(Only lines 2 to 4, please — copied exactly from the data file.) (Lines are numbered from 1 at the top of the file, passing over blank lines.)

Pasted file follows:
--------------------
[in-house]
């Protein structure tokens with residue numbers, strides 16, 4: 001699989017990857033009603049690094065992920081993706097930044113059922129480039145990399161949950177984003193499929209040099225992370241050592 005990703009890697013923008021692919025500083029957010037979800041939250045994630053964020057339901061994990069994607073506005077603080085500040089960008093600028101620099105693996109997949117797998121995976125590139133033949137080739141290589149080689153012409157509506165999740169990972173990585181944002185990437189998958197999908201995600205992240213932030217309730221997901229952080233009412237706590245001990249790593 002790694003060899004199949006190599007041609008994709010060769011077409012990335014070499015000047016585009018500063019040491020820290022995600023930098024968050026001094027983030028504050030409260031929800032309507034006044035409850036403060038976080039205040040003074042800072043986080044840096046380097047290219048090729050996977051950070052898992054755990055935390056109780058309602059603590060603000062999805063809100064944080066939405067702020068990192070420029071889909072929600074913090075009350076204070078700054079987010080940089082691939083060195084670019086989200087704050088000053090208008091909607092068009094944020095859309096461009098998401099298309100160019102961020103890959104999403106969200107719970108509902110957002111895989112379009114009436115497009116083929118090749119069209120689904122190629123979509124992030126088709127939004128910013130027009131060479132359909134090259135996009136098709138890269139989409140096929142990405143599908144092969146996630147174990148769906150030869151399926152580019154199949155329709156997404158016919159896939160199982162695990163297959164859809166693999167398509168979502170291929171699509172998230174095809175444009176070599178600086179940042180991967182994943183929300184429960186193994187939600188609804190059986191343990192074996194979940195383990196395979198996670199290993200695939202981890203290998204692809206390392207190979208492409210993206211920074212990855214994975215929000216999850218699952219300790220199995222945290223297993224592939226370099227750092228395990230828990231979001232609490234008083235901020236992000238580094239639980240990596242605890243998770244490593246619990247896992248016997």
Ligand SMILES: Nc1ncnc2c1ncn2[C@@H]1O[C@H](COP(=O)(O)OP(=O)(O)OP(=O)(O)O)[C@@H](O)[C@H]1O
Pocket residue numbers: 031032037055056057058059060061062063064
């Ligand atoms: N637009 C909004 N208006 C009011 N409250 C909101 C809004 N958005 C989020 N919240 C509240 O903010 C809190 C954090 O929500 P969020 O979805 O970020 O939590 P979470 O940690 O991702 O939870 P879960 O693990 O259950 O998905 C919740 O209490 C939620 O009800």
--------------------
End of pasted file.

């Protein structure tokens with residue numbers, strides 16, 4: 001699989017990857033009603049690094065992920081993706097930044113059922129480039145990399161949950177984003193499929209040099225992370241050592 005990703009890697013923008021692919025500083029957010037979800041939250045994630053964020057339901061994990069994607073506005077603080085500040089960008093600028101620099105693996109997949117797998121995976125590139133033949137080739141290589149080689153012409157509506165999740169990972173990585181944002185990437189998958197999908201995600205992240213932030217309730221997901229952080233009412237706590245001990249790593 002790694003060899004199949006190599007041609008994709010060769011077409012990335014070499015000047016585009018500063019040491020820290022995600023930098024968050026001094027983030028504050030409260031929800032309507034006044035409850036403060038976080039205040040003074042800072043986080044840096046380097047290219048090729050996977051950070052898992054755990055935390056109780058309602059603590060603000062999805063809100064944080066939405067702020068990192070420029071889909072929600074913090075009350076204070078700054079987010080940089082691939083060195084670019086989200087704050088000053090208008091909607092068009094944020095859309096461009098998401099298309100160019102961020103890959104999403106969200107719970108509902110957002111895989112379009114009436115497009116083929118090749119069209120689904122190629123979509124992030126088709127939004128910013130027009131060479132359909134090259135996009136098709138890269139989409140096929142990405143599908144092969146996630147174990148769906150030869151399926152580019154199949155329709156997404158016919159896939160199982162695990163297959164859809166693999167398509168979502170291929171699509172998230174095809175444009176070599178600086179940042180991967182994943183929300184429960186193994187939600188609804190059986191343990192074996194979940195383990196395979198996670199290993200695939202981890203290998204692809206390392207190979208492409210993206211920074212990855214994975215929000216999850218699952219300790220199995222945290223297993224592939226370099227750092228395990230828990231979001232609490234008083235901020236992000238580094239639980240990596242605890243998770244490593246619990247896992248016997």
Ligand SMILES: Nc1ncnc2c1ncn2[C@@H]1O[C@H](COP(=O)(O)OP(=O)(O)OP(=O)(O)O)[C@@H](O)[C@H]1O
Pocket residue numbers: 031032037055056057058059060061062063064